Pearlroth attended university in Kraków, Poland, planning to become a lawyer, but events of World War I took him away from his studies. He came to America in 1920. Working in a New York bank in 1923, he learned from a friend that Robert Ripley was looking for a polyglot. Ripley needed someone capable of researching foreign newspapers to locate material for his syndicated Ripley's Believe It or Not! panel.
Since Pearlroth knew 11 languages, he was hired to do Ripley's research and soon began doing the picture research as well. He usually worked ten hours a day, six days a week in the New York Public Library's Main Reading Room. The library estimated that Pearlroth examined some 7,000 books every year, meaning that he researched in more than 350,000 books during decades of work on Believe It or Not!.
Married for more than half a century, Pearlroth and his wife lived in Brooklyn at Newkirk Avenue and East 16th Street. For 52 years, he took the subway into Manhattan in the morning and worked at his office until noon, answering some of the 3000 letters that arrived each week from readers all over the world. Instead of having lunch, he then went to the library where he worked through the afternoon and evening, taking half an hour for dinner. When the library closed at 10pm, he headed back to Brooklyn. He sometimes worked on Sundays if he fell behind in locating what he called "believe-it-or-nots." His deadline was on Friday, and he always worked several weeks in advance.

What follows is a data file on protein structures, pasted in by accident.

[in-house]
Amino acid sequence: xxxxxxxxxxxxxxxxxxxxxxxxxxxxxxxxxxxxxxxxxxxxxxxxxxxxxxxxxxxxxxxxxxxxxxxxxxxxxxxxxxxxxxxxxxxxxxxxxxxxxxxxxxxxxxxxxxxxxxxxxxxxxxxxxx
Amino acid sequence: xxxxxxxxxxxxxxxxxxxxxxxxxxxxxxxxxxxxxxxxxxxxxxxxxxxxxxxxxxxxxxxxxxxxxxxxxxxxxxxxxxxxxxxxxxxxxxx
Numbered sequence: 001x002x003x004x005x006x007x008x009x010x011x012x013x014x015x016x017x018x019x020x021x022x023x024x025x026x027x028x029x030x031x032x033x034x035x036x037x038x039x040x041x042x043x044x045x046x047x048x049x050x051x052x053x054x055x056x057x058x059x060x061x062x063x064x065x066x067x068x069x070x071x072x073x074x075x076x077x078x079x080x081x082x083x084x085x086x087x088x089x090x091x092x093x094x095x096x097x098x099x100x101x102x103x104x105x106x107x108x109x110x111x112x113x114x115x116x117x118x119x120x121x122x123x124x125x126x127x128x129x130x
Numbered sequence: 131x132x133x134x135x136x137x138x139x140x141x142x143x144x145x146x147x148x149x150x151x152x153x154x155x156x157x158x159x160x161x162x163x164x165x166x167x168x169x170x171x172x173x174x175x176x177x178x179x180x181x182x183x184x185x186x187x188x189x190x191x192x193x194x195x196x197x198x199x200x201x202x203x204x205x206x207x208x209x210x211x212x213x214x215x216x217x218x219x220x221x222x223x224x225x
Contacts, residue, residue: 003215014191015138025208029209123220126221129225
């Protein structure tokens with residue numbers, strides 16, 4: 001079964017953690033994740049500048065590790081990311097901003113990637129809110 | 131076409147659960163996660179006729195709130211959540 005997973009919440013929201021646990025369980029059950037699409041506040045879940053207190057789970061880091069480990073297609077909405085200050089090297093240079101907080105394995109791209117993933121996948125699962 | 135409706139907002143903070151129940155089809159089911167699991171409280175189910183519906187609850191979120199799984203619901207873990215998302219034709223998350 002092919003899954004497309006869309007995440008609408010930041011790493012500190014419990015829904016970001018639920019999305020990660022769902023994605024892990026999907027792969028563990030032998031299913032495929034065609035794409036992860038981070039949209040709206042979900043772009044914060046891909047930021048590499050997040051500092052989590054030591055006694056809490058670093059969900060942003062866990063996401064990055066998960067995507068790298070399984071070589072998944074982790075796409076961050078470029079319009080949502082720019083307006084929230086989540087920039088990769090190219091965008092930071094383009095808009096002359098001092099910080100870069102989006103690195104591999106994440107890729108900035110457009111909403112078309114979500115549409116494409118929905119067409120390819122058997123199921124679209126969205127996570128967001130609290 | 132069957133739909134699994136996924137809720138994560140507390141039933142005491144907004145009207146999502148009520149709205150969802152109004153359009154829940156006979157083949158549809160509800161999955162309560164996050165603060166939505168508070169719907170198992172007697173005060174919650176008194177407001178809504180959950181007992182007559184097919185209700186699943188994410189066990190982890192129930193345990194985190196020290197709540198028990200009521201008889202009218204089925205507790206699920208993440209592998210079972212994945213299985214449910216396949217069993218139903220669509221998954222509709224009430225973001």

By the 1940s, Pearlroth and Ripley had some 80 million readers worldwide. During the first 26 years, Pearlroth simply gave Ripley whatever his research had turned up. After Ripley's death on May 27, 1949, King Features Syndicate took over Believe It or Not!, and Pearlroth continued for the next 26 years to work for syndicate editors, who required him to submit exactly 24 items each week. Pearlroth usually worked anonymously, but on Ripley's Believe It or Not! 50th Anniversary Edition (Pocket Books, 1968), he is credited as "Research Director."
For 25 years, Pearlroth also wrote a weekly column, "Your Name," about the origins of Jewish surnames, for the Jewish Post of New York. His son Arthur Pearlroth was the Economic Development Counsel for the South Bronx Development Office.
Although Norbert Pearlroth never missed a deadline, King Features replaced him in 1975. As a freelancer, he received no pension or royalties from the many collections and reprints that sold in the millions, but Ripley did give him a bequest of $5,000 and pay for Pearlroth's son's schooling.
He died in 1983 of heart and kidney diseases at Maimonides Hospital in Brooklyn.